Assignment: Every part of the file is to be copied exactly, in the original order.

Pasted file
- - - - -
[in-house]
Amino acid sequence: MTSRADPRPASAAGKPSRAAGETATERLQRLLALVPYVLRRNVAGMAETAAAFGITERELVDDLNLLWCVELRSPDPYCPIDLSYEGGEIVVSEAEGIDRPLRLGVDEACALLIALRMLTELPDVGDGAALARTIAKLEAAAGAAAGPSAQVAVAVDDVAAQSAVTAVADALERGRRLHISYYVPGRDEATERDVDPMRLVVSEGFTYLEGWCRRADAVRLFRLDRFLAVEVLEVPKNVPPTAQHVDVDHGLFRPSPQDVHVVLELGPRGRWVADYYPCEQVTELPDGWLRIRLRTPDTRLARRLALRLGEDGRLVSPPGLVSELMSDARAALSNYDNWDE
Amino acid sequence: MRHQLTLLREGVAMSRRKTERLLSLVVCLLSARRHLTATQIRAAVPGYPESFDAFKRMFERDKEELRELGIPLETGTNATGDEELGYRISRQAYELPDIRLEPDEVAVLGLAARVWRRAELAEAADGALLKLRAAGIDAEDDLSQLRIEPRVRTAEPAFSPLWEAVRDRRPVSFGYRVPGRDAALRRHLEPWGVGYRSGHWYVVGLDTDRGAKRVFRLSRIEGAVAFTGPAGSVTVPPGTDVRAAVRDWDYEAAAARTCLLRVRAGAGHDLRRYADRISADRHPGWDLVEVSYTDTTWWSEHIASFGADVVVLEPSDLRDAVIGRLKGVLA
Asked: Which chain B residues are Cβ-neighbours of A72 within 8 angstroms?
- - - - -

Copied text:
[in-house]
Amino acid sequence: MTSRADPRPASAAGKPSRAAGETATERLQRLLALVPYVLRRNVAGMAETAAAFGITERELVDDLNLLWCVELRSPDPYCPIDLSYEGGEIVVSEAEGIDRPLRLGVDEACALLIALRMLTELPDVGDGAALARTIAKLEAAAGAAAGPSAQVAVAVDDVAAQSAVTAVADALERGRRLHISYYVPGRDEATERDVDPMRLVVSEGFTYLEGWCRRADAVRLFRLDRFLAVEVLEVPKNVPPTAQHVDVDHGLFRPSPQDVHVVLELGPRGRWVADYYPCEQVTELPDGWLRIRLRTPDTRLARRLALRLGEDGRLVSPPGLVSELMSDARAALSNYDNWDE
Amino acid sequence: MRHQLTLLREGVAMSRRKTERLLSLVVCLLSARRHLTATQIRAAVPGYPESFDAFKRMFERDKEELRELGIPLETGTNATGDEELGYRISRQAYELPDIRLEPDEVAVLGLAARVWRRAELAEAADGALLKLRAAGIDAEDDLSQLRIEPRVRTAEPAFSPLWEAVRDRRPVSFGYRVPGRDAALRRHLEPWGVGYRSGHWYVVGLDTDRGAKRVFRLSRIEGAVAFTGPAGSVTVPPGTDVRAAVRDWDYEAAAARTCLLRVRAGAGHDLRRYADRISADRHPGWDLVEVSYTDTTWWSEHIASFGADVVVLEPSDLRDAVIGRLKGVLA
Asked: Which chain B residues are Cβ-neighbours of A72 within 8 angstroms?